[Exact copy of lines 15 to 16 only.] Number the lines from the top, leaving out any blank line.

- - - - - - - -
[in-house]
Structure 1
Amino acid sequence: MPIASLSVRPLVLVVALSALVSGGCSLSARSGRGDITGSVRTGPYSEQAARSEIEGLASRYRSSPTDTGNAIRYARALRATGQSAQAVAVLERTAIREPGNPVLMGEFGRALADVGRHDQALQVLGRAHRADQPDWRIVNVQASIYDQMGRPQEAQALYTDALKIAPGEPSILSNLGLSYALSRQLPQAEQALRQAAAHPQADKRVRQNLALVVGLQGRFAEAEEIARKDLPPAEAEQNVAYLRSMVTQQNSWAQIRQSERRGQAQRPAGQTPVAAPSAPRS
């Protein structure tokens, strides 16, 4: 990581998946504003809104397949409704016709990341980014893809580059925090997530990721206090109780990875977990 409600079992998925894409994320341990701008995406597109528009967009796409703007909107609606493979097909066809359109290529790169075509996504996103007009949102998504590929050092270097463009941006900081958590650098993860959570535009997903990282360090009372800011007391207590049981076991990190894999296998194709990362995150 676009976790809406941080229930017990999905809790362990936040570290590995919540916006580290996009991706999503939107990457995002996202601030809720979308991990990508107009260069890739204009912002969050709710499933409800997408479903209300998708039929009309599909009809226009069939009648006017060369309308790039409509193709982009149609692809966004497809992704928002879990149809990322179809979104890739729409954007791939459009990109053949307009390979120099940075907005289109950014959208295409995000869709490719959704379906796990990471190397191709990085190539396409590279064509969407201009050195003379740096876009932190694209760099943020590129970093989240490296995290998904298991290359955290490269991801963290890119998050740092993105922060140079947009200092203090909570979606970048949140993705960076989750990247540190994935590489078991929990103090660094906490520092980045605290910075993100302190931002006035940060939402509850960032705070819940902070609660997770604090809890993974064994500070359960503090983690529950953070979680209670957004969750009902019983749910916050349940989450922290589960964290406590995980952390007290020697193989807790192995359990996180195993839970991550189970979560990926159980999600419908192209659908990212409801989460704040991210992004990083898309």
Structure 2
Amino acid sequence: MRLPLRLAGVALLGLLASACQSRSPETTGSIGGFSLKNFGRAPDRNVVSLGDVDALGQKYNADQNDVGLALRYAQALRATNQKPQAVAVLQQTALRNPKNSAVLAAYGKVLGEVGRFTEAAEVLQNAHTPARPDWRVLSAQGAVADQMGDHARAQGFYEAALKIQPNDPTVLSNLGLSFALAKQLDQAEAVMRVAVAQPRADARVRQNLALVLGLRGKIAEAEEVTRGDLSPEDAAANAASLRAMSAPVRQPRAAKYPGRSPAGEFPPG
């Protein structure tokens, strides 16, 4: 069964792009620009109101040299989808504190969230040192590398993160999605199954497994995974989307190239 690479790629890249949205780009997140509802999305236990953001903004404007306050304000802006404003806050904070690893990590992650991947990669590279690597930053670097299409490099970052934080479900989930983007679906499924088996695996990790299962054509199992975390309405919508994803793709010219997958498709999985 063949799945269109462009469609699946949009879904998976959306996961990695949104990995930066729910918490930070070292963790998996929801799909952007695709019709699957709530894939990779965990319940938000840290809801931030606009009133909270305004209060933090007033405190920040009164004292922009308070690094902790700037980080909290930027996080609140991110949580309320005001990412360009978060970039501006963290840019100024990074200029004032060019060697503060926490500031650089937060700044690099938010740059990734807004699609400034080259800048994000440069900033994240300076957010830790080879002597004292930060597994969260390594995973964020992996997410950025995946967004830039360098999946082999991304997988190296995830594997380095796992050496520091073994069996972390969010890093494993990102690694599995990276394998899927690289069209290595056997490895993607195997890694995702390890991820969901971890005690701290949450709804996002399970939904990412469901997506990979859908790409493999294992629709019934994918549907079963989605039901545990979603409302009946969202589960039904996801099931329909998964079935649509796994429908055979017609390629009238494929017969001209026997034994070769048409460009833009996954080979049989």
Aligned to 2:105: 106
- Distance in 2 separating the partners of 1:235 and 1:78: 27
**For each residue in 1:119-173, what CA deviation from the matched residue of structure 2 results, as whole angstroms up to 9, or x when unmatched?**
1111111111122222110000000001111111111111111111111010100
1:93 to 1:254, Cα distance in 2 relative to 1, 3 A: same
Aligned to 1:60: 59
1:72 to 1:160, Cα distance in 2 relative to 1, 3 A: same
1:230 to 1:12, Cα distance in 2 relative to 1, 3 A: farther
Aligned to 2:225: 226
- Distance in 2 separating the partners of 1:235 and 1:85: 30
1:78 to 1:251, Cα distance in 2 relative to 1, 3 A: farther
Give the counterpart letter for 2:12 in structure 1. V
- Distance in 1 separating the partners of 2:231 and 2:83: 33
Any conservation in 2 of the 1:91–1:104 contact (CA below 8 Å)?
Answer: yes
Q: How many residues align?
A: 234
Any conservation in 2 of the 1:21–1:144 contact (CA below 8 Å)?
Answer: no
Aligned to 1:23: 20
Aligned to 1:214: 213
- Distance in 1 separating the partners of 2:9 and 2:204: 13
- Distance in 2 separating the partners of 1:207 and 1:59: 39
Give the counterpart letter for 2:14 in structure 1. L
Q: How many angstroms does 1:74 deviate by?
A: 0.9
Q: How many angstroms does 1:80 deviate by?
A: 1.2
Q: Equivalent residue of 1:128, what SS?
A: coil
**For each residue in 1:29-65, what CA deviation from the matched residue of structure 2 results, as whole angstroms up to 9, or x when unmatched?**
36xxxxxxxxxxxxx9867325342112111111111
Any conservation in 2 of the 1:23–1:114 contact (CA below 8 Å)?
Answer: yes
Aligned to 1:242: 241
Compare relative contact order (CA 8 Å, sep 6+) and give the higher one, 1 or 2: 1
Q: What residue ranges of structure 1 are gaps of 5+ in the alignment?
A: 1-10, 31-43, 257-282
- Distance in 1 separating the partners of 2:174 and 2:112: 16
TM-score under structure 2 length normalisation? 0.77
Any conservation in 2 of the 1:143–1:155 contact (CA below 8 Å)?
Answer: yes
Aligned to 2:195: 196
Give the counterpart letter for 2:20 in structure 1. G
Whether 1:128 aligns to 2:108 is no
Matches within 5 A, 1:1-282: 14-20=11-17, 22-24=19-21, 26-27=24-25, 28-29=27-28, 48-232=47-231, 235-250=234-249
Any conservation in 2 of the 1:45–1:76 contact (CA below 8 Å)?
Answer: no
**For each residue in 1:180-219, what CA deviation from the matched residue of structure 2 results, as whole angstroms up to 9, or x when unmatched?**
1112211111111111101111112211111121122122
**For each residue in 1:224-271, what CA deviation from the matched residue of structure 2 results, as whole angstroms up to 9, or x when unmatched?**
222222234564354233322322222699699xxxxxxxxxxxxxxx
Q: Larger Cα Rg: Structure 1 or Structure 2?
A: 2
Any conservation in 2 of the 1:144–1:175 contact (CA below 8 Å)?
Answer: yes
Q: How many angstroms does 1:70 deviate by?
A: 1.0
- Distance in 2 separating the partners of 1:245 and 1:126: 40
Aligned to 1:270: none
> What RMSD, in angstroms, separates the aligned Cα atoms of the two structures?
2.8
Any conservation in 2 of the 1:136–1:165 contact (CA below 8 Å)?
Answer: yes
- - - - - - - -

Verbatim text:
1:230 to 1:12, Cα distance in 2 relative to 1, 3 A: farther
Aligned to 2:225: 226